On May 1st, 2012 May Day was commemorated around the globe with political protests and demonstrations by organized labor, or also known as the 99%. The Occupy Wall Street Movement, which formed last year in New York, used the day to spread its message of social and economic inequality that continues to hinder sustainable means of existence for the vast majority of the population.
Also known as International Workers Day, May 1 is marked in different ways around the world, and in may countries May Day is observed as a national holiday. This celebration of the international labor movement stemmed from a deadly 1886 labor demonstration in Chicago calling for an eight-hour workday.
On May Day 2012, the international working class is confronting an unprecedented crisis of the world capitalist system. Workers around the world are beginning to enter struggles that pose the need for a revolutionary transformation of society.
According to a new report by the United Nation’s International Labor Organization, more than 50 million jobs around the world have disappeared since 2008. Warning that the “global job crisis has entered a new, more structural phase,” the ILO predicted that the ranks of the jobless would reach 202 million this year and rise to 210 million by 2016. On average, more than 36 percent of job-seekers in advanced economies have been without work for more than one year.
Pointing to the grim prospects for the next generation of workers—including the college-educated students with little or no hopes for a job, let enough one that pays a living wage—the ILO warned of the danger internationally of increased “social strife” and “riots.”
In addition to this staggering level of social inequality, the breakdown of the capitalist profit system is once again leading to a mad scramble between the US and other countries for control of world markets, raw materials and spheres of influence. Since the collapse of the Soviet Union, the US has sought to use military preponderance to offset its economic decline and take control of the most geo-strategic areas of the world.
That is what is behind the wars in the oil-rich regions of the Middle East and Central Asia, and the plans for new wars against Syria, Iran and ultimately Russia and China. At the same time, old European powers are asserting their own imperialist interests in their former African and Middle Eastern colonies. Like the years leading up to World War I and World War II, the stage is being set for a global conflagration, this time with nuclear weapons, that threatens the very survival of mankind.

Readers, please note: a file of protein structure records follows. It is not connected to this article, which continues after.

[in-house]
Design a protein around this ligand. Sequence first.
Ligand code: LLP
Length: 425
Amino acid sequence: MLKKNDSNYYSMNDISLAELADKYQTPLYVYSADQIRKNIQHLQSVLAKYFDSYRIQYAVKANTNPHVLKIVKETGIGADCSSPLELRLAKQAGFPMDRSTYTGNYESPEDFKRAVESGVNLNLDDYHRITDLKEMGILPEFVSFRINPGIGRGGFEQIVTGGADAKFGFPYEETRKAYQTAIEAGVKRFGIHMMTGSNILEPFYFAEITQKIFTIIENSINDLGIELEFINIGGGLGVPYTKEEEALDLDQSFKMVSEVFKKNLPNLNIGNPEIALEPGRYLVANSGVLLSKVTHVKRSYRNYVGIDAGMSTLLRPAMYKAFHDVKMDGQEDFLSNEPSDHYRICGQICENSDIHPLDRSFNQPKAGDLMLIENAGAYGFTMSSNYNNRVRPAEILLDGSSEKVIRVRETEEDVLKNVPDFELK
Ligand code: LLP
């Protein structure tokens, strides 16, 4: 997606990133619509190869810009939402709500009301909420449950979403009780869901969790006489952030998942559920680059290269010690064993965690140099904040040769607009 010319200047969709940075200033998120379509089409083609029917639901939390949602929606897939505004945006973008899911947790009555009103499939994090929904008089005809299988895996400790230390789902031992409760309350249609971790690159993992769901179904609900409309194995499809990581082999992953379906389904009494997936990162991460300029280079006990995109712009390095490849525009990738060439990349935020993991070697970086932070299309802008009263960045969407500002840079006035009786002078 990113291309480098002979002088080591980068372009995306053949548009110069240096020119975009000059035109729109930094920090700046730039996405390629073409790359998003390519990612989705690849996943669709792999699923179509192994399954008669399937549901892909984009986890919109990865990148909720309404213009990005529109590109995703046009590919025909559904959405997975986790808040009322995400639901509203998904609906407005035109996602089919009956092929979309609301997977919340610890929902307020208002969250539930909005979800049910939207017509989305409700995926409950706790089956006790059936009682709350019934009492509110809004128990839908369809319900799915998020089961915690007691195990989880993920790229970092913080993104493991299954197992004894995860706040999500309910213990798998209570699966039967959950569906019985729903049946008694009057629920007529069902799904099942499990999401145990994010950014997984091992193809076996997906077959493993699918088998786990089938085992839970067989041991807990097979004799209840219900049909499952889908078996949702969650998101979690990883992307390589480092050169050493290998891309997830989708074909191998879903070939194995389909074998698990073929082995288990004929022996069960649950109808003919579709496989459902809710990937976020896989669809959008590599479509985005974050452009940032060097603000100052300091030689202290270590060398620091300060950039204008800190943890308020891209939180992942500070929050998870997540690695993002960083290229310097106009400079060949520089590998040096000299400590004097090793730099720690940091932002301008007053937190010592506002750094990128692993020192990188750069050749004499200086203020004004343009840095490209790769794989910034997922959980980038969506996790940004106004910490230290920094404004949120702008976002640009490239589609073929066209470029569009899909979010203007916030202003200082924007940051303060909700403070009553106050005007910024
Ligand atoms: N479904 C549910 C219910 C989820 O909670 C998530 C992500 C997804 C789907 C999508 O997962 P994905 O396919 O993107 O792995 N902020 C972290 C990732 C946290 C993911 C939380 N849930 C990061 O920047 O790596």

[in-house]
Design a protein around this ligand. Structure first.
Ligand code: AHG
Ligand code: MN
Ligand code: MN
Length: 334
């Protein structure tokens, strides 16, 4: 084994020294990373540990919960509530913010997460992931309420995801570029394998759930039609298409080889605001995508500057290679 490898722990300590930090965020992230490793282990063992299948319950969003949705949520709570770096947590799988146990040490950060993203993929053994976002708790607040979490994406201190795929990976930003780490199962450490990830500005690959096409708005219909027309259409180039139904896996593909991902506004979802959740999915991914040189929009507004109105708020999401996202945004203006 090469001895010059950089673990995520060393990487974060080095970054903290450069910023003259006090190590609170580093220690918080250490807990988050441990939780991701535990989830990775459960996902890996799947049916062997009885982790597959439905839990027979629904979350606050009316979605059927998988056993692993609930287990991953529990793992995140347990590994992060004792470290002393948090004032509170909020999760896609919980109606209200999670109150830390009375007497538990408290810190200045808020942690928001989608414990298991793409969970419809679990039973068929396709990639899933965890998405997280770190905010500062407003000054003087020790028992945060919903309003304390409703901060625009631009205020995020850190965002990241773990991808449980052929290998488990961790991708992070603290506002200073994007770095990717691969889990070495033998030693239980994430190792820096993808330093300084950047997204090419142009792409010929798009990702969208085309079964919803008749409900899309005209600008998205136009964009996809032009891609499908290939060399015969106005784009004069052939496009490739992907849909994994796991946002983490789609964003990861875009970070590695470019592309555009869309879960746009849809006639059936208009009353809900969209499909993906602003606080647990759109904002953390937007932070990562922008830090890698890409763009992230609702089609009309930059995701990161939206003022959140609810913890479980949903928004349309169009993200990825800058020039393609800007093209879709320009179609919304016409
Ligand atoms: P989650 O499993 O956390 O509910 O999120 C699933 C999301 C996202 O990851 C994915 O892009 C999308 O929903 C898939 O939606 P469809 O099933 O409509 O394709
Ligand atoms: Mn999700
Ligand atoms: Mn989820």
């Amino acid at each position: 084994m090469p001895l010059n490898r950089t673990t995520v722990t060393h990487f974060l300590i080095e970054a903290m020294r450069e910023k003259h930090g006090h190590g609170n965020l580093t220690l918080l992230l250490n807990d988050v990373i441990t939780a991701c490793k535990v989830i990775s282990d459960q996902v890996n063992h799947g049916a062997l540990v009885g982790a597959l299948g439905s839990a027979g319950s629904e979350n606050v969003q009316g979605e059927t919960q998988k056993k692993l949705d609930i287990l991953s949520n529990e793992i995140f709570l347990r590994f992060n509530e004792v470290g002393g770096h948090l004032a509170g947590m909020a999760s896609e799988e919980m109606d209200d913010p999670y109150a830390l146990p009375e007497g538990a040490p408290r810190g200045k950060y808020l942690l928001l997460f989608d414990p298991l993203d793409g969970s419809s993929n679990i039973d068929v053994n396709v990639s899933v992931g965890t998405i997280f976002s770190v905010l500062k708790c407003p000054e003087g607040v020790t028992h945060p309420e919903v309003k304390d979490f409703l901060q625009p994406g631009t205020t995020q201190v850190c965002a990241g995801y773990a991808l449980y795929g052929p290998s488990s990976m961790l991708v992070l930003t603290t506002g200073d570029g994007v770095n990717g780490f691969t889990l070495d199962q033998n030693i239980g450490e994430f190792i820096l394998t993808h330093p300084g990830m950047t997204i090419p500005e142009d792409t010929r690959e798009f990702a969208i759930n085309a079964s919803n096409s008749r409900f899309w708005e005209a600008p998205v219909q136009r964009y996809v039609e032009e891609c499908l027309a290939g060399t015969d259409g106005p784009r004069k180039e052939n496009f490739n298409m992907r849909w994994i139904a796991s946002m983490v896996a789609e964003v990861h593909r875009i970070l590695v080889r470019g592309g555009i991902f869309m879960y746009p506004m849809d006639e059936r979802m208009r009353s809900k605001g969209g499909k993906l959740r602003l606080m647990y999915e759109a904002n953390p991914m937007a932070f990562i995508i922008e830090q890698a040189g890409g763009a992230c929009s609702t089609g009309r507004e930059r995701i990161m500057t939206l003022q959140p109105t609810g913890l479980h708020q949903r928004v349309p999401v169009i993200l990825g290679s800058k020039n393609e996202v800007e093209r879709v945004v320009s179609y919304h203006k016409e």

The immense problems of modern society—the growth of poverty and disease, global warming and environmental threats, the provision of housing, health care, nutrition and education to more than seven billion people on the planet—require a collective response and ever-greater planning and cooperation. But under capitalism the rational allocation of resources is impossible because all economic decisions are subordinated to the profit interests of a tiny minority.
The claim—repeated by every capitalist politician—that there are not enough resources to meet society’s needs, is a contemptible lie. A recent report on so-called Ultra-High Net Worth Individuals—those with a total worth of $30 million or more—revealed that their combined fortunes have now surpassed $26 trillion. In other words, some 186,000 people (.002 percent of the world’s population) have amassed wealth equal to nearly half of all the goods and services produced around the world each year!
The systematic redistribution of wealth from the majority to the wealthy elite, which has accelerated since 2008, has produced widespread anger. After decades in which the media pundits, academic dunderheads and demoralized former leftists declared an end of the class struggle, 2011 saw the reemergence of the massive social upheavals on a world scale.
What is needed is an international strategy to unite workers throughout the world to replace the profit system with socialism. Only in this way can workers achieve genuine social equality, peace and the democratic control of the economy.